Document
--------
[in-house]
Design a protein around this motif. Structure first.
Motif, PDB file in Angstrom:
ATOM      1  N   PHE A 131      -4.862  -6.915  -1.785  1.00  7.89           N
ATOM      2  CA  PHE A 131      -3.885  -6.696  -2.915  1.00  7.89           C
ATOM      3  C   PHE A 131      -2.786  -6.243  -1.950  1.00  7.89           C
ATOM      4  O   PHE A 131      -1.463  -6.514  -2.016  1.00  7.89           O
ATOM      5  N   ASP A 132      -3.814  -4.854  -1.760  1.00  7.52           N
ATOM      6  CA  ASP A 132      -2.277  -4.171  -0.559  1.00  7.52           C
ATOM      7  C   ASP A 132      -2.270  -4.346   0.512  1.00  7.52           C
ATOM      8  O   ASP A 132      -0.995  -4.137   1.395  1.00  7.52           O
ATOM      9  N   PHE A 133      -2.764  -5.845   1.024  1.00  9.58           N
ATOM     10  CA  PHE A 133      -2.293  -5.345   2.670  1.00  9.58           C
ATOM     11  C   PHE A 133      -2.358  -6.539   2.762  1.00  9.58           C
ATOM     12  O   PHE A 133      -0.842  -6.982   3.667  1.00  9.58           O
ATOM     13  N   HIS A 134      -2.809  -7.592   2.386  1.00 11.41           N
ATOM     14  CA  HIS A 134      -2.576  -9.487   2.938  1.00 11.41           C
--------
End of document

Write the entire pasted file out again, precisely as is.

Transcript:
[in-house]
Design a protein around this motif. Structure first.
Motif, PDB file in Angstrom:
ATOM      1  N   PHE A 131      -4.862  -6.915  -1.785  1.00  7.89           N
ATOM      2  CA  PHE A 131      -3.885  -6.696  -2.915  1.00  7.89           C
ATOM      3  C   PHE A 131      -2.786  -6.243  -1.950  1.00  7.89           C
ATOM      4  O   PHE A 131      -1.463  -6.514  -2.016  1.00  7.89           O
ATOM      5  N   ASP A 132      -3.814  -4.854  -1.760  1.00  7.52           N
ATOM      6  CA  ASP A 132      -2.277  -4.171  -0.559  1.00  7.52           C
ATOM      7  C   ASP A 132      -2.270  -4.346   0.512  1.00  7.52           C
ATOM      8  O   ASP A 132      -0.995  -4.137   1.395  1.00  7.52           O
ATOM      9  N   PHE A 133      -2.764  -5.845   1.024  1.00  9.58           N
ATOM     10  CA  PHE A 133      -2.293  -5.345   2.670  1.00  9.58           C
ATOM     11  C   PHE A 133      -2.358  -6.539   2.762  1.00  9.58           C
ATOM     12  O   PHE A 133      -0.842  -6.982   3.667  1.00  9.58           O
ATOM     13  N   HIS A 134      -2.809  -7.592   2.386  1.00 11.41           N
ATOM     14  CA  HIS A 134      -2.576  -9.487   2.938  1.00 11.41           C